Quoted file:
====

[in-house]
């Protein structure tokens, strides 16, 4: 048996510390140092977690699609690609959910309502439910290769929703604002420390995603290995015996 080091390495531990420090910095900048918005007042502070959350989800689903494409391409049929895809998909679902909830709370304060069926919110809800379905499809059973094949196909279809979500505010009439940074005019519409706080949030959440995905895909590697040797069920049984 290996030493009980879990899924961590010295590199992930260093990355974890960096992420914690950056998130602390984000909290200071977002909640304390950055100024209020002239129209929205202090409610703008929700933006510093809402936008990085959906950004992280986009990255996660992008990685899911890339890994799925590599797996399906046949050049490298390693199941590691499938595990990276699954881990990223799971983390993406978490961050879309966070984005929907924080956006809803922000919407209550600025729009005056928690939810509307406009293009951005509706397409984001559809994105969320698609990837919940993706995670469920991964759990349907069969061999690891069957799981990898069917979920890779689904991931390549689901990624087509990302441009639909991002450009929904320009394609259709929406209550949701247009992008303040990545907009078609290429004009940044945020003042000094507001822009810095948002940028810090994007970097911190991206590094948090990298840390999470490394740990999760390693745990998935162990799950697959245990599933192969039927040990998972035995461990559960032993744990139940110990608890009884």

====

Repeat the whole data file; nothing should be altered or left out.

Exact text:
[in-house]
């Protein structure tokens, strides 16, 4: 048996510390140092977690699609690609959910309502439910290769929703604002420390995603290995015996 080091390495531990420090910095900048918005007042502070959350989800689903494409391409049929895809998909679902909830709370304060069926919110809800379905499809059973094949196909279809979500505010009439940074005019519409706080949030959440995905895909590697040797069920049984 290996030493009980879990899924961590010295590199992930260093990355974890960096992420914690950056998130602390984000909290200071977002909640304390950055100024209020002239129209929205202090409610703008929700933006510093809402936008990085959906950004992280986009990255996660992008990685899911890339890994799925590599797996399906046949050049490298390693199941590691499938595990990276699954881990990223799971983390993406978490961050879309966070984005929907924080956006809803922000919407209550600025729009005056928690939810509307406009293009951005509706397409984001559809994105969320698609990837919940993706995670469920991964759990349907069969061999690891069957799981990898069917979920890779689904991931390549689901990624087509990302441009639909991002450009929904320009394609259709929406209550949701247009992008303040990545907009078609290429004009940044945020003042000094507001822009810095948002940028810090994007970097911190991206590094948090990298840390999470490394740990999760390693745990998935162990799950697959245990599933192969039927040990998972035995461990559960032993744990139940110990608890009884």